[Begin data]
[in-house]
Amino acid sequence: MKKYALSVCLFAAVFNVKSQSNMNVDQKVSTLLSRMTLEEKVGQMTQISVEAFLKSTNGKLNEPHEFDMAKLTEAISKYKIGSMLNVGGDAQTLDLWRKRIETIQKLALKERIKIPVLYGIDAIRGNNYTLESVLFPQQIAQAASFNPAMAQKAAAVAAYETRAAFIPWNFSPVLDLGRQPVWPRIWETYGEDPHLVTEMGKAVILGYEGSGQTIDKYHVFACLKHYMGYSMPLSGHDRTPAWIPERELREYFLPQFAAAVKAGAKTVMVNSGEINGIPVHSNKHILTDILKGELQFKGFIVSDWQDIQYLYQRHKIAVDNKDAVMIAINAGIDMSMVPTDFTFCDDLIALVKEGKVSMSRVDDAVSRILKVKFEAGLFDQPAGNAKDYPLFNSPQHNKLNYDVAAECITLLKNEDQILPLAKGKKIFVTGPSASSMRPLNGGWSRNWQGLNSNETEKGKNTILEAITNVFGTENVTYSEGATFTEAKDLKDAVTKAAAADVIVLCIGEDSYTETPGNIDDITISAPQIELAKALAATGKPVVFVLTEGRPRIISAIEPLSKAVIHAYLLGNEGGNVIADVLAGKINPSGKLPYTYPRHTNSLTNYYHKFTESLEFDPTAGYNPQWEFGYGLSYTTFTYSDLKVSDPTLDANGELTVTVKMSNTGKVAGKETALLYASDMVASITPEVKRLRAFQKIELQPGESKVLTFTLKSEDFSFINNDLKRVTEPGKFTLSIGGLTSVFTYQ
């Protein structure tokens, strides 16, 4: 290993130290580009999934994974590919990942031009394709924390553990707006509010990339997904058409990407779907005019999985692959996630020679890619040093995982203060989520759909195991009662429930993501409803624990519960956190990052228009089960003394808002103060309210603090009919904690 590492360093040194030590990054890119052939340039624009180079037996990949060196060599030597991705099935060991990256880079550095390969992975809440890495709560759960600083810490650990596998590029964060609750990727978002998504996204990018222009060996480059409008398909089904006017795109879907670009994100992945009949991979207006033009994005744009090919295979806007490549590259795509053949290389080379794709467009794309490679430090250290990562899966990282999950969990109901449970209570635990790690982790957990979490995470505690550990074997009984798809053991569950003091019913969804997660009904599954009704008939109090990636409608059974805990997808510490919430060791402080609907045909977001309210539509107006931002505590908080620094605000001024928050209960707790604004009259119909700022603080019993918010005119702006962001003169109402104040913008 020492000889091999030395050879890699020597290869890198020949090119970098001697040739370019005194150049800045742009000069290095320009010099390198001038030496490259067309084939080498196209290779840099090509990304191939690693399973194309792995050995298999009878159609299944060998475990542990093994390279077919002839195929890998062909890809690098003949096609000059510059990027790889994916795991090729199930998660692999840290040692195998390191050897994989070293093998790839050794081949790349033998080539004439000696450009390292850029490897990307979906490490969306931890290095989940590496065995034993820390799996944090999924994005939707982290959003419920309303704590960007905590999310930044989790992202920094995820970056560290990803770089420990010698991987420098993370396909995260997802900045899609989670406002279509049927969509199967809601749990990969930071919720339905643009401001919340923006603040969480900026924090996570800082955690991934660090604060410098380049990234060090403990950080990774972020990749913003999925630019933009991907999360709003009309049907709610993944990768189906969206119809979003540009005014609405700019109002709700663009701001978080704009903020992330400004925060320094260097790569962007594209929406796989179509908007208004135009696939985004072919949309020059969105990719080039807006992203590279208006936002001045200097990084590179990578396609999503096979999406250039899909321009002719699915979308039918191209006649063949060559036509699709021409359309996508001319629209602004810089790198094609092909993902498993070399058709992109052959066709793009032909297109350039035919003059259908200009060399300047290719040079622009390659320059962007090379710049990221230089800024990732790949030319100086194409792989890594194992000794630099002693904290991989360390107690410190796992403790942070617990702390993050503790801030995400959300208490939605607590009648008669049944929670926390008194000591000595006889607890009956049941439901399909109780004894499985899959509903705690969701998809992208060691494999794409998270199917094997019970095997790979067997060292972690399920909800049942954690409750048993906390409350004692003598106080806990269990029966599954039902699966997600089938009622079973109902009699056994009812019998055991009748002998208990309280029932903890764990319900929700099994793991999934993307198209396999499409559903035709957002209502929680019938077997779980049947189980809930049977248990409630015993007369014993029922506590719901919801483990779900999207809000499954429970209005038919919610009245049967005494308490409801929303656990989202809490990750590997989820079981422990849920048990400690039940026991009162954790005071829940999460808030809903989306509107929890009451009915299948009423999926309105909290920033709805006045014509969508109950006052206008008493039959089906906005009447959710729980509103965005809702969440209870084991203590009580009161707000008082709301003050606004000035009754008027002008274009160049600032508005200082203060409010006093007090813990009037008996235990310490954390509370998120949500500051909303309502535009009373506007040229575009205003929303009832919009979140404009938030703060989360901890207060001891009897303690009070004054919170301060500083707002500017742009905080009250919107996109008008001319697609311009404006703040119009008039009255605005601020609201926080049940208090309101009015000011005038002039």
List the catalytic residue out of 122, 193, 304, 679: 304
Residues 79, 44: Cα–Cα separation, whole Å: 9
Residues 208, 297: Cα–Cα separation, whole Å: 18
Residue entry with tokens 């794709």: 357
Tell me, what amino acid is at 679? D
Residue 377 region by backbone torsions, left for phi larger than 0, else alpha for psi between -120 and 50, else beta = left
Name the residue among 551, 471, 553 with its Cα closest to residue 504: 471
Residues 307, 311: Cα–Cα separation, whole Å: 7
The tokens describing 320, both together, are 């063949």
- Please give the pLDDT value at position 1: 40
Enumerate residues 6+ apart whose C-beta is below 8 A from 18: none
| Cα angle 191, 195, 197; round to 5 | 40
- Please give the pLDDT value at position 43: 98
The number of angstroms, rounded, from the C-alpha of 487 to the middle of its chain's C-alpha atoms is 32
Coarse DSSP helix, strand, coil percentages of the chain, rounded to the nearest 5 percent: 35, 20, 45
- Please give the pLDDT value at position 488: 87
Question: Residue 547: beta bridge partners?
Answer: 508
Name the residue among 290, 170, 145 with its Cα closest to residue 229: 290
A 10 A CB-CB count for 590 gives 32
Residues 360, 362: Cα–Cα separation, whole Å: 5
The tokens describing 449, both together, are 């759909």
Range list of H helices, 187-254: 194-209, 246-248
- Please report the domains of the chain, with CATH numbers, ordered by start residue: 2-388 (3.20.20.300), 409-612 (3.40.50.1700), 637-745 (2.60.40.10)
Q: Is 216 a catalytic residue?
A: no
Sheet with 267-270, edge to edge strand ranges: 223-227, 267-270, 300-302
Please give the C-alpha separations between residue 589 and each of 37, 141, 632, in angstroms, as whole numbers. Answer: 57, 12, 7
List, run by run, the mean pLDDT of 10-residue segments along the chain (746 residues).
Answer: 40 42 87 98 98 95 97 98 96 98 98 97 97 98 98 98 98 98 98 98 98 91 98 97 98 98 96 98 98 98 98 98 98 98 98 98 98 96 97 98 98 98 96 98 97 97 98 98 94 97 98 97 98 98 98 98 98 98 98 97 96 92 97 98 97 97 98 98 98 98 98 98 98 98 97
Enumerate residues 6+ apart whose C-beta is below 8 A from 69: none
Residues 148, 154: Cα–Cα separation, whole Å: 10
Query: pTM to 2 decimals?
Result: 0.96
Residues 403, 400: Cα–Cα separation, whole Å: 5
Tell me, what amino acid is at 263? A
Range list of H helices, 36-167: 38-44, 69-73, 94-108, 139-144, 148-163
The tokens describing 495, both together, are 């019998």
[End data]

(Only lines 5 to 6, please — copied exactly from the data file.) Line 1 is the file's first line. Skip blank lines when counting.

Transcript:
Residues 79, 44: Cα–Cα separation, whole Å: 9
Residues 208, 297: Cα–Cα separation, whole Å: 18